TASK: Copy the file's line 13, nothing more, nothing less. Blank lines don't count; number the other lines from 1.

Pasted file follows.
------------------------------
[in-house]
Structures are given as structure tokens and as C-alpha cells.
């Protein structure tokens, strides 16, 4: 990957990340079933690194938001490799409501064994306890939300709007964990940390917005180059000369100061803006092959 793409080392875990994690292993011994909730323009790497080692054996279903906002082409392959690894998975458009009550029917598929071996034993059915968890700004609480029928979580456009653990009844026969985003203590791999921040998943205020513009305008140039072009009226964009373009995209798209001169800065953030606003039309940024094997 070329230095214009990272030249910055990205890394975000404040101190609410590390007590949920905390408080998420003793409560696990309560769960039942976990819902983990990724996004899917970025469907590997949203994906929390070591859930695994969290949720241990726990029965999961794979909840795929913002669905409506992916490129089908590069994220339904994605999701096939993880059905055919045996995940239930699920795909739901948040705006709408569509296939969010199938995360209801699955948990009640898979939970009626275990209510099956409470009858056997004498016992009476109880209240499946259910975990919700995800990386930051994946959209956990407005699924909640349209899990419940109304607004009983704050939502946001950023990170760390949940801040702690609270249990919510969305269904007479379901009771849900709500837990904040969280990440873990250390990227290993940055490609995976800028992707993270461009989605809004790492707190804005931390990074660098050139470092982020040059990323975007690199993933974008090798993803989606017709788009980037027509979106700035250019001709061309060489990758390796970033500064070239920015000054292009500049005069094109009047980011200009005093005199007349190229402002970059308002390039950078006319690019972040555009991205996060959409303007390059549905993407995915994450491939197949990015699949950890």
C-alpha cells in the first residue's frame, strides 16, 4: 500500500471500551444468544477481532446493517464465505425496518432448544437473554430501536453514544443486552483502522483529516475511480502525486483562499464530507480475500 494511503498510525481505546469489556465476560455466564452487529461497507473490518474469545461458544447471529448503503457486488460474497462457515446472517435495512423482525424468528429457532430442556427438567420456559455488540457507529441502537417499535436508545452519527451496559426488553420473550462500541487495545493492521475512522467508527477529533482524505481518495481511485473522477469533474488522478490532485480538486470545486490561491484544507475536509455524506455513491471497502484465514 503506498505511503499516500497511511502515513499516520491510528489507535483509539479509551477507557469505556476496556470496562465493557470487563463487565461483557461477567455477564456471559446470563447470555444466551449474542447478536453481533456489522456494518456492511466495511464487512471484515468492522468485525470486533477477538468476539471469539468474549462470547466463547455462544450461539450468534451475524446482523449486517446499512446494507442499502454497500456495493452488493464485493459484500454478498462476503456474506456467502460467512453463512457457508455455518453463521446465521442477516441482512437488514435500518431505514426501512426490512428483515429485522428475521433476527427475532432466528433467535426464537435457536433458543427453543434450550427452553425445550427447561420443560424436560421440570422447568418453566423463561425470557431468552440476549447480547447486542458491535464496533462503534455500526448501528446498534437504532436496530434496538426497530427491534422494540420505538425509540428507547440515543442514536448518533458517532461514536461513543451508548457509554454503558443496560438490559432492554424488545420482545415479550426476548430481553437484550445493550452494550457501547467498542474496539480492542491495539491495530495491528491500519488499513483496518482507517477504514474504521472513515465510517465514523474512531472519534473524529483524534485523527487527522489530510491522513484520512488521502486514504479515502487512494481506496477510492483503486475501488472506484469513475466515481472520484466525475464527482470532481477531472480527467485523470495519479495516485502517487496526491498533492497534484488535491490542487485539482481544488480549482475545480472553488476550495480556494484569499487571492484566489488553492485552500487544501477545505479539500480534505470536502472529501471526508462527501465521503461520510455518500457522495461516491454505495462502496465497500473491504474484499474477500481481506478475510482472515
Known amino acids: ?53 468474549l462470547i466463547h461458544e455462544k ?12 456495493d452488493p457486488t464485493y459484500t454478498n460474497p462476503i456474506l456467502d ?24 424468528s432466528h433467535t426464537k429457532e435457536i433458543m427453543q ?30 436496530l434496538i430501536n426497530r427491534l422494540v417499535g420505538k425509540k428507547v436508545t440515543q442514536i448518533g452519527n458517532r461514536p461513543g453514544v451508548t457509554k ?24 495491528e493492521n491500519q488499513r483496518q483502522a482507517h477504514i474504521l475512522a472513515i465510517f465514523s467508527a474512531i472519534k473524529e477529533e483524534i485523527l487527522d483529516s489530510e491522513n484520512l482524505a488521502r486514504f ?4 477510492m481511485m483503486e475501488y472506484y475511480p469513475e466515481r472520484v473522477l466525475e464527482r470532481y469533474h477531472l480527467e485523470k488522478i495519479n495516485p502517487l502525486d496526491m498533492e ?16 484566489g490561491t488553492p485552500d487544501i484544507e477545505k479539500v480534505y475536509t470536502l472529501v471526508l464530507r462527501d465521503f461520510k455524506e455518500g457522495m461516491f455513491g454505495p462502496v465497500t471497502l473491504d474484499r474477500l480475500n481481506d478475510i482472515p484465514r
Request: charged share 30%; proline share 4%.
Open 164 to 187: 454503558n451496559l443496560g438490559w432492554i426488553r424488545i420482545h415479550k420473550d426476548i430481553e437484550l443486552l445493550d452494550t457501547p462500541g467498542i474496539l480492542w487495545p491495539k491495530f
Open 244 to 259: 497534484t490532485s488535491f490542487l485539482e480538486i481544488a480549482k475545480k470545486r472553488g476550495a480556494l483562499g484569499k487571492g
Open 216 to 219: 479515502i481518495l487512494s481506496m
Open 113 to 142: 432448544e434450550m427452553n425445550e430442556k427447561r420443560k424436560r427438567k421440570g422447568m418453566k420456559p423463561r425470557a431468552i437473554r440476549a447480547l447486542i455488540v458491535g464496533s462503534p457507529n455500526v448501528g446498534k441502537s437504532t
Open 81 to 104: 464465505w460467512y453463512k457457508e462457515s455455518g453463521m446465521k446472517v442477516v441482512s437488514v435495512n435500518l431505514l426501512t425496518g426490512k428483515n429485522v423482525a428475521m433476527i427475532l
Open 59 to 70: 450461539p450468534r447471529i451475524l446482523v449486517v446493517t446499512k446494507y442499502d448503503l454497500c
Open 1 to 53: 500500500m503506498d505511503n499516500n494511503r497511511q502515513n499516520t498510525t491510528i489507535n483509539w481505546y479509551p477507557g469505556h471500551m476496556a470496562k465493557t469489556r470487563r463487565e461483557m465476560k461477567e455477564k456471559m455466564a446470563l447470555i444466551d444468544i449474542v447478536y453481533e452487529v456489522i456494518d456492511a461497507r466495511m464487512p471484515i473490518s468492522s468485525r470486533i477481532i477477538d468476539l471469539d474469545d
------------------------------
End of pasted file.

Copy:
Open 1 to 53: 500500500m503506498d505511503n499516500n494511503r497511511q502515513n499516520t498510525t491510528i489507535n483509539w481505546y479509551p477507557g469505556h471500551m476496556a470496562k465493557t469489556r470487563r463487565e461483557m465476560k461477567e455477564k456471559m455466564a446470563l447470555i444466551d444468544i449474542v447478536y453481533e452487529v456489522i456494518d456492511a461497507r466495511m464487512p471484515i473490518s468492522s468485525r470486533i477481532i477477538d468476539l471469539d474469545d